School-age 2 students were showing a lot of interest in totem poles and inuksuks while they were doing a craft one day. They stacked rocks outside and were having conversations about scuptures when we decided to do a project on Indigenous cultures. We started by making two totem poles. They children used acrylic paint and painted pop bottles that were sterilized before use. Each child was given their own bottle to create a character that is represented on a totem pole. They then used felt fabric to design the features of their character.
Dylan said, “Every animal on the totem pole tells a story of the people in a family.”
Then Elijah added, “I am making the eagle so I will paint my bottle black and make the wings also black.”
Hubert who was listening to the conversation said, “I am going to paint mine green to make a frog with a red mouth.”
While the children were creating their part of the totem pole Theresa commented, “Well I don’t know what I want to make but I want it to look scary.” So, she painted her bottle blue and added blue and yellow features.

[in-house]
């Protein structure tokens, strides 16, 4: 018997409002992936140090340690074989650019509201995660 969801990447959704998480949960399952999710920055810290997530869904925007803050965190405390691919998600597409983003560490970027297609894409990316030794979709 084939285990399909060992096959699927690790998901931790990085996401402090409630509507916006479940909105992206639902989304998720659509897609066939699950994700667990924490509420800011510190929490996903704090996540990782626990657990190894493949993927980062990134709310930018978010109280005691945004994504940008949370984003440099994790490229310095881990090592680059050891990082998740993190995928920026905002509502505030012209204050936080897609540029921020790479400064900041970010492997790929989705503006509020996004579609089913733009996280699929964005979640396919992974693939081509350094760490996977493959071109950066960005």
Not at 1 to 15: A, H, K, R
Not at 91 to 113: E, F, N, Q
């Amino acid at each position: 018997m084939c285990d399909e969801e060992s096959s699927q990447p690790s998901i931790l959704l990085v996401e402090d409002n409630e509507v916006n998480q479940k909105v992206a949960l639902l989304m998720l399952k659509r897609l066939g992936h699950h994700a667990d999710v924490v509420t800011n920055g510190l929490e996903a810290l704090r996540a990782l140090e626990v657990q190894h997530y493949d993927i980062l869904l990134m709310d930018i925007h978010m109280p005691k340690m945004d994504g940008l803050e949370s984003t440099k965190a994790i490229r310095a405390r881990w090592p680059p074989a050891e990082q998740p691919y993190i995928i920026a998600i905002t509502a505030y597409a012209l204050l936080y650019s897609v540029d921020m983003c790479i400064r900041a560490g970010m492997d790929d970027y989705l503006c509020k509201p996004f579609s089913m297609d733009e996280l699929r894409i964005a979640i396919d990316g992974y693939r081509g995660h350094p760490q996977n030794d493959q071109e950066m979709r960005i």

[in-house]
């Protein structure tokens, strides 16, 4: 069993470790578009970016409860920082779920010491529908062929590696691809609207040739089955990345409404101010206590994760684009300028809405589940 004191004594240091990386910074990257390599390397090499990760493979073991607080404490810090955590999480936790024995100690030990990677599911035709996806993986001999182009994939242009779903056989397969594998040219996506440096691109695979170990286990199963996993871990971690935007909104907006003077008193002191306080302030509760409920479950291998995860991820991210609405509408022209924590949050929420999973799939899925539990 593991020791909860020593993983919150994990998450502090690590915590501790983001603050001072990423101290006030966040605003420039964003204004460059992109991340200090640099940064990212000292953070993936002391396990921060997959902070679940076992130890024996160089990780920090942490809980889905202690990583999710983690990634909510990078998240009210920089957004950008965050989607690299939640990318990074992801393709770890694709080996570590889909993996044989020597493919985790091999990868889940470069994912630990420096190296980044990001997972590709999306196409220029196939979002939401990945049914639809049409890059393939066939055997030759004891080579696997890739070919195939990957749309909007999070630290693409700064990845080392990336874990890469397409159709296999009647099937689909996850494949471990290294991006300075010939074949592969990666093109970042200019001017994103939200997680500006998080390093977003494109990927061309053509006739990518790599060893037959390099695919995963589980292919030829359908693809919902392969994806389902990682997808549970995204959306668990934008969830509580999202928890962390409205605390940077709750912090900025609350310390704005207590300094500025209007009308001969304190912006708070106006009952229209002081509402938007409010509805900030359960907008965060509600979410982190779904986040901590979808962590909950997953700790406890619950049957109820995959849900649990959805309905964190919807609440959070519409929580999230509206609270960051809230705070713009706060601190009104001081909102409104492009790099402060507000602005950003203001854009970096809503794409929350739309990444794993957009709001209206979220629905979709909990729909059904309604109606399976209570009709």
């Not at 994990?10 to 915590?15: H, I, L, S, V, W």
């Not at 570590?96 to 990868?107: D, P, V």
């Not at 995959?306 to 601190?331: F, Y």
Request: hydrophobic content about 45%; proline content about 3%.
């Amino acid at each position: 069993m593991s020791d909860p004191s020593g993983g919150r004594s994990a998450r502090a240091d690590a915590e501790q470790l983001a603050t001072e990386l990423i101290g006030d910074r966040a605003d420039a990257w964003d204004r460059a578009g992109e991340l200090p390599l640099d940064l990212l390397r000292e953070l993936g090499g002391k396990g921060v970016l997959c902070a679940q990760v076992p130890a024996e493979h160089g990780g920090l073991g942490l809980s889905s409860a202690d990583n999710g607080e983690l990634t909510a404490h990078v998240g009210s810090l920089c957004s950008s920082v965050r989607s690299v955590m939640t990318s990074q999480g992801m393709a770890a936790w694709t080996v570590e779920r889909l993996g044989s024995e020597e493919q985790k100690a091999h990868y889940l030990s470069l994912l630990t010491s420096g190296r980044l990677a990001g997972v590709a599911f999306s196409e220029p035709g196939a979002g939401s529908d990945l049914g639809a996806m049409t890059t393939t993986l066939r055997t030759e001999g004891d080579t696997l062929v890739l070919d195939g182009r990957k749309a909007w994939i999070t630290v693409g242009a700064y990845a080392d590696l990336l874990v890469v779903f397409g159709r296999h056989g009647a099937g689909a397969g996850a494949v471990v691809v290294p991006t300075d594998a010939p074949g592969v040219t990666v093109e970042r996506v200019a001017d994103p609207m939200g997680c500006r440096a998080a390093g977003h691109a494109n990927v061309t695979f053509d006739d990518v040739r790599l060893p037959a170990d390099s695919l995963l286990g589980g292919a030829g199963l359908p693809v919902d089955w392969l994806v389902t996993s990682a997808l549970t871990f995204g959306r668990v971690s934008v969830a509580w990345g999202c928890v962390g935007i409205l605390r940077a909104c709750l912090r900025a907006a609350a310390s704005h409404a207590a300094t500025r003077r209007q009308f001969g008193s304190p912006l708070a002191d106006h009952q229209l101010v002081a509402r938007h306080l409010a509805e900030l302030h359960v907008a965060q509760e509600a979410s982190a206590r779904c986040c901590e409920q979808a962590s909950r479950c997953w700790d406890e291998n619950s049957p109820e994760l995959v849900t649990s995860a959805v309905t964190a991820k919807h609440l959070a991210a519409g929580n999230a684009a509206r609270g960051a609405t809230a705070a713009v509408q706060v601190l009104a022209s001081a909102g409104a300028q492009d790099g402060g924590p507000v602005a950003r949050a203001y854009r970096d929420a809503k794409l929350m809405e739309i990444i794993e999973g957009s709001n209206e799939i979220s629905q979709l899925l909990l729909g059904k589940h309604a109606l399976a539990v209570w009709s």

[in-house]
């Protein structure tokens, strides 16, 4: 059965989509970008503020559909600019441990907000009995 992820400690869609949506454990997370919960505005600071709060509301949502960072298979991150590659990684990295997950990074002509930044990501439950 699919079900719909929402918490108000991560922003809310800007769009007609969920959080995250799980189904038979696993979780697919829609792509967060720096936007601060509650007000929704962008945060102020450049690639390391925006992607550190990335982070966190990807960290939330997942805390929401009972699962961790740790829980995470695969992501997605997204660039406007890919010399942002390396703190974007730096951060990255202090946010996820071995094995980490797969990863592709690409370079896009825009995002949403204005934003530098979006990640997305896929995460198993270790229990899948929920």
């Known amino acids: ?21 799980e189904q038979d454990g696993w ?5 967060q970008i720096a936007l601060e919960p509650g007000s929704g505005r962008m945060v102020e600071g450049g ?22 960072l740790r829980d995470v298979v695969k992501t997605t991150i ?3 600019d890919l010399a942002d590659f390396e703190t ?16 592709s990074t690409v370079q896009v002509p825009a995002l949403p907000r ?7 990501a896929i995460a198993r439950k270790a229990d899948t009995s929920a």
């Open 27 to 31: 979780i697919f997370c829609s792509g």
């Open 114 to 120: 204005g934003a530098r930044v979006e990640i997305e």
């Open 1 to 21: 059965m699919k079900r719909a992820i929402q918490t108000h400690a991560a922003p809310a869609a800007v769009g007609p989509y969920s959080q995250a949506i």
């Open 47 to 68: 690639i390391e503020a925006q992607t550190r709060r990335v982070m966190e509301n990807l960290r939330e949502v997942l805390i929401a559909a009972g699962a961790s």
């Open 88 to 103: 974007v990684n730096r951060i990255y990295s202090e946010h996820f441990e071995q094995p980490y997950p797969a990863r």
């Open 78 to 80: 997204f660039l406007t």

Avery painted hers blue with red mouth and large white teeth. When Cameroon saw that his eyes were opened wide and he said, “That is scary.”
Caden then replied, “A totem pole usually look a bit scary.”
Nora, Ezekiel, Xavier and Sophia all worked with a variety of other material to make their part of the totem pole special. Each character was then sacked on top of each other to create two totem poles.
Cameroon commented, “The eagles should be on top because they have wings.” There was a snow owl, a frog, a peacock, a chetah, two eagles, a wolf and many more!
During the process of making the totem pole the children were given an opportunity to develop cultural awareness, inclusion and diversity skills. They took risk by using a hot glue gun and were able to share ideas and develop literacy and language skills through oral communication and researching information from books and the iPad. Although they worked separately, they were able to create something together.